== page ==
The world’s largest company that provides contract research services to drugmakers is coming to Seattle, and its CEO has some ambitious plans to grow here (and maybe do a few Cascade hikes while he’s out here too).
That was the upshot from my follow-up conversation with Covance CEO Joe Herring, shortly after the Princeton, NJ-based company (NYSE: CVD) broke the news that it is acquiring the Gene Expression Laboratory at Merck’s former Rosetta Inpharmatics operation in Seattle.
“This is a new day for Rosetta. We plan to invest in it, and grow it,” says Herring.
For those who aren’t familiar with Covance, it’s a huge player in the field of contract research organizations (CROs) who perform all sorts of essential tasks drugmakers must do to develop new treatments—like animal testing, clinical trials, and biostatistical analysis. It is acquiring Merck’s former Rosetta operation in Seattle to make its first big move into gene expression analysis. This is an emerging field of science in which researchers seek ways to find out a genetic basis for why certain patients respond to drugs, and some don’t. As this field of science progresses, researchers hope to better predict which drugs will succeed in clinical trials, saving time and money on the majority of drug candidates that fail.
Covance isn’t disclosing today how much it paid Merck for this division of Rosetta, although that will come out later in regulatory filings, Herring says. But the company plans to retain about 75 to 80 Rosetta employees who worked in that division, and move into their modern space in South Lake Union. While Merck may have had an interest in using this facility to improve its own pipeline of experimental drugs, Covance plans to offer this service to Merck and many of its other clients, Herring says.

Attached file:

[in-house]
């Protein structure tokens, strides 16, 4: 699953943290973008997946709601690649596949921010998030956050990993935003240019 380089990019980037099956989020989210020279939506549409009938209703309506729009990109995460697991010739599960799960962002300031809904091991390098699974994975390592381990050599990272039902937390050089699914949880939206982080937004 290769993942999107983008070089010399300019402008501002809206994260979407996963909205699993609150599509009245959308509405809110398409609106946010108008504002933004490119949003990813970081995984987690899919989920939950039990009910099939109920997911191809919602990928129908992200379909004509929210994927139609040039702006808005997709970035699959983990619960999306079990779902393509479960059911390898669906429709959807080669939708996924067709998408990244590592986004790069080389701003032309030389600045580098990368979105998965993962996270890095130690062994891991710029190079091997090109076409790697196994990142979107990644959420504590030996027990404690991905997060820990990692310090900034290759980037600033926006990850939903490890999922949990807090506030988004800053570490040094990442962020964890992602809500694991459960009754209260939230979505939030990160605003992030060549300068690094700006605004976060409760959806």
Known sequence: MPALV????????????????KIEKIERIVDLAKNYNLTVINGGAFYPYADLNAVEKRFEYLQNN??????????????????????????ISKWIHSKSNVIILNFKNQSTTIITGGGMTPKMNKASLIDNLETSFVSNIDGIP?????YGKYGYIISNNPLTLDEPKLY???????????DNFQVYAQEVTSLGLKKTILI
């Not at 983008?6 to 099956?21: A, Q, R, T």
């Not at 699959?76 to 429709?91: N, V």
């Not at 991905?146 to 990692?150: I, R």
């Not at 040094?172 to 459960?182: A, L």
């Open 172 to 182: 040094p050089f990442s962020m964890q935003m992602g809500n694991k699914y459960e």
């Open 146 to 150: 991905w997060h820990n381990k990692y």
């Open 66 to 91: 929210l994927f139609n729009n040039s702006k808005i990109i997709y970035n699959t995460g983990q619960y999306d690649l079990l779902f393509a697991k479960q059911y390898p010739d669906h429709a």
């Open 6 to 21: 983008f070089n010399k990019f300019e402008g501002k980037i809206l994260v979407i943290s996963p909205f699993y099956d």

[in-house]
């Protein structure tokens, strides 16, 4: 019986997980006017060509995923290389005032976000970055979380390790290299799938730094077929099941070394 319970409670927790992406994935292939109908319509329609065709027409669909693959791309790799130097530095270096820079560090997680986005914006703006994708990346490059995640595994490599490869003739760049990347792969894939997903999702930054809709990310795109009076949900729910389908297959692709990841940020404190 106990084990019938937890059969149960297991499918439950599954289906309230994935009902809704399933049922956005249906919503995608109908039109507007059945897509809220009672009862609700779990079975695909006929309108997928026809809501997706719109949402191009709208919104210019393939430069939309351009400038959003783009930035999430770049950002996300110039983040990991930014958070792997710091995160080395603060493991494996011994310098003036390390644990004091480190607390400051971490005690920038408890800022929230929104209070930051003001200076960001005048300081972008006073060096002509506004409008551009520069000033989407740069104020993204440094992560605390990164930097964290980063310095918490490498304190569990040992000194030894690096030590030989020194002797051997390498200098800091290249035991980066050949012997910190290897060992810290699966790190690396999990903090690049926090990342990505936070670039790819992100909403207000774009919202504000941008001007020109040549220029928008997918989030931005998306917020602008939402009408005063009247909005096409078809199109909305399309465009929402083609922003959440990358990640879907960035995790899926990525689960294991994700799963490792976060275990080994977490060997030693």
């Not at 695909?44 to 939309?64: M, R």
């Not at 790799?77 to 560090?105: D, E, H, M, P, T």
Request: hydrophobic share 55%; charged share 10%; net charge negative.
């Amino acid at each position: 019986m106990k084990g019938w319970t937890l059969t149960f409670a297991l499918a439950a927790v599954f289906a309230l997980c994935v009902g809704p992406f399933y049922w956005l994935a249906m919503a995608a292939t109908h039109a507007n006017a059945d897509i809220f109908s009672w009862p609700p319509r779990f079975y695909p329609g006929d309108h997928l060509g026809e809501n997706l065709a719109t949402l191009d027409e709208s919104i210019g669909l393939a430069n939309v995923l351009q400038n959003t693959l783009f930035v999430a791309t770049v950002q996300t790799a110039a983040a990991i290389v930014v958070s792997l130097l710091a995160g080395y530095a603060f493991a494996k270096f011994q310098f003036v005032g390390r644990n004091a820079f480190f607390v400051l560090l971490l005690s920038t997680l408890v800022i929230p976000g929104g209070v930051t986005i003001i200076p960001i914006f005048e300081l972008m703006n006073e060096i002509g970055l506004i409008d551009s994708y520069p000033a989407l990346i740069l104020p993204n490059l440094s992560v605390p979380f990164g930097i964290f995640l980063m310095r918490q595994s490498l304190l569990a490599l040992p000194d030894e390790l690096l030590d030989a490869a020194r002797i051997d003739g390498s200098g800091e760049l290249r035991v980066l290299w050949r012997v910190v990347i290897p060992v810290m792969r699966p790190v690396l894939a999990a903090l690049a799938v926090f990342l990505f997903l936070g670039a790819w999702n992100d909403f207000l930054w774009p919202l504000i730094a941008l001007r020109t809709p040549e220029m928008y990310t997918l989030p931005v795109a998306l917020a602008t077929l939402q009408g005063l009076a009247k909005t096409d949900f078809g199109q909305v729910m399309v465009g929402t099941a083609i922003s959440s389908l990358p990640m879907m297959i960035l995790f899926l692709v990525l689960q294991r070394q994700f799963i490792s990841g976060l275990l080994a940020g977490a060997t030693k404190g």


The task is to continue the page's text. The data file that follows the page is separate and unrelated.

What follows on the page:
“If we can’t double or triple this in a few years, then shame on us,” Herring says.
Covance, as Herring pointed out, has the financial muscle to make this more than just executive boasting. It has no debt, $204 million in cash on the books, and a market capitalization of more than $3.2 billion. Even in the economic downturn, it was able to boost total revenues by 7 percent in the first half of this year, compared with the same period a year ago. It had 8,826 employees worldwide entering this year. And Covance has hired another 500 people so far this year, Herring says.
Covance’s strategy is essentially to get more mileage out of the Gene Expression Laboratory than Merck did. Demand at one big drug company for this kind of genomic analysis service tends to ebb and flow, meaning that all the expensive space, equipment, and people aren’t likely being fully utilized all the time, Herring says. By putting this asset inside a contract services organization like Covance, which can seek out dozens of clients for this work, it can make more efficient use of the existing resources, he says.
On a higher strategic level, this is essentially a bet Covance is making for the future of personalized medicine. “Everybody believes it is in everybody’s best interest—patients, payers, and pharmaceutical companies—to prescribe the right drug to people who are actually most likely to benefit,” Herring says. Demand is growing for this service in the pharma business, Herring says. At least four of Covance’s clients have specifically inquired about its ability to do gene expression analysis in the past four or five months, he says.
“This really provides us with a service that we think has growth potential, and we’re a growth company,” Herring says. “What Seattle is getting is a growth company.”
Before we hung up, Herring went out of his way to put his best foot forward with the locals. He pointed out that Covance is a “great corporate citizen,” and that its employees are active in local charities and volunteering. He mentioned that he’s been here in Seattle many times, often because of flight stopovers on his way to meetings in Asia. He’s a fan of the outdoors. “We’re a good company to have in your community,” he says.